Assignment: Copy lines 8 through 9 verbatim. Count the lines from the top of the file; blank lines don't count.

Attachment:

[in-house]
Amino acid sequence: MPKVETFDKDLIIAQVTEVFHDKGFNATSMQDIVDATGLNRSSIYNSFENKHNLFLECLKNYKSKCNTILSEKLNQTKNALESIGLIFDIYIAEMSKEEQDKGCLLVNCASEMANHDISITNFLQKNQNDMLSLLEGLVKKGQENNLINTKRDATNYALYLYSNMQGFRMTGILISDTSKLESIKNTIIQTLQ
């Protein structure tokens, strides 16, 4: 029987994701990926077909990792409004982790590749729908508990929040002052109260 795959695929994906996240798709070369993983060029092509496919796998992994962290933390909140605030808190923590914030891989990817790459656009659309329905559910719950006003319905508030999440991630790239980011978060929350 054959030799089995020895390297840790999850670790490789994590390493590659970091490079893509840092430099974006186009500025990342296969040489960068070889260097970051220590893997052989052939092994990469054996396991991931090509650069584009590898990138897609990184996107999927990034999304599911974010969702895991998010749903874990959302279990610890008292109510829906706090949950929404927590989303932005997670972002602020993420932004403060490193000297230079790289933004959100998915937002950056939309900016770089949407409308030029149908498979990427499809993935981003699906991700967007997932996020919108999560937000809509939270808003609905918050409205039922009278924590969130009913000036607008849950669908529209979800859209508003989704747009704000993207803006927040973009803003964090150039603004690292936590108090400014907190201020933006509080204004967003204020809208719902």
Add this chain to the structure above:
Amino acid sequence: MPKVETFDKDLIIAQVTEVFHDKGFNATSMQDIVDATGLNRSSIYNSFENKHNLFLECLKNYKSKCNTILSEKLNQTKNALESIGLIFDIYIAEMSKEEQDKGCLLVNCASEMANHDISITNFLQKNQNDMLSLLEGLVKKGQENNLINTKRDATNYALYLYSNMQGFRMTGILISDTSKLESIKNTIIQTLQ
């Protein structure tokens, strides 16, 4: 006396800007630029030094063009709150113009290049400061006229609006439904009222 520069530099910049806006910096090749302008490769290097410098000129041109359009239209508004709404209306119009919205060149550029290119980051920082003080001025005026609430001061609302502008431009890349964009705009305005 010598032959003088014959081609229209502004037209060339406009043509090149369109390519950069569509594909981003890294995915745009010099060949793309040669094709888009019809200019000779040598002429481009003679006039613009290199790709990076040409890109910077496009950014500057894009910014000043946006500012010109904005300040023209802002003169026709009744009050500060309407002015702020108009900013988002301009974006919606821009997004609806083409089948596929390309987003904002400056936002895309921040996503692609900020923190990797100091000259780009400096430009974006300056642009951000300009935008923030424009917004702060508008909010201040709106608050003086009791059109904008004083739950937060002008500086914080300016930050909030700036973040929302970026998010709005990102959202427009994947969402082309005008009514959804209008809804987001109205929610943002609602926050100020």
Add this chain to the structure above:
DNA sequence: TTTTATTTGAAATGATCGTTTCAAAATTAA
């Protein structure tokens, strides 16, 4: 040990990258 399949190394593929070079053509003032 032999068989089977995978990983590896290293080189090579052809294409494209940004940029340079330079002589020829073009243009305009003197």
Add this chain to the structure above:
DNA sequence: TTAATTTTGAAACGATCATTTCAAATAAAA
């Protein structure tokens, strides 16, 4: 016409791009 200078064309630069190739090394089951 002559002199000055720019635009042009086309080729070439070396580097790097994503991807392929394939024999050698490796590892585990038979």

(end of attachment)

DNA sequence: TTTTATTTGAAATGATCGTTTCAAAATTAA
């Protein structure tokens, strides 16, 4: 040990990258 399949190394593929070079053509003032 032999068989089977995978990983590896290293080189090579052809294409494209940004940029340079330079002589020829073009243009305009003197």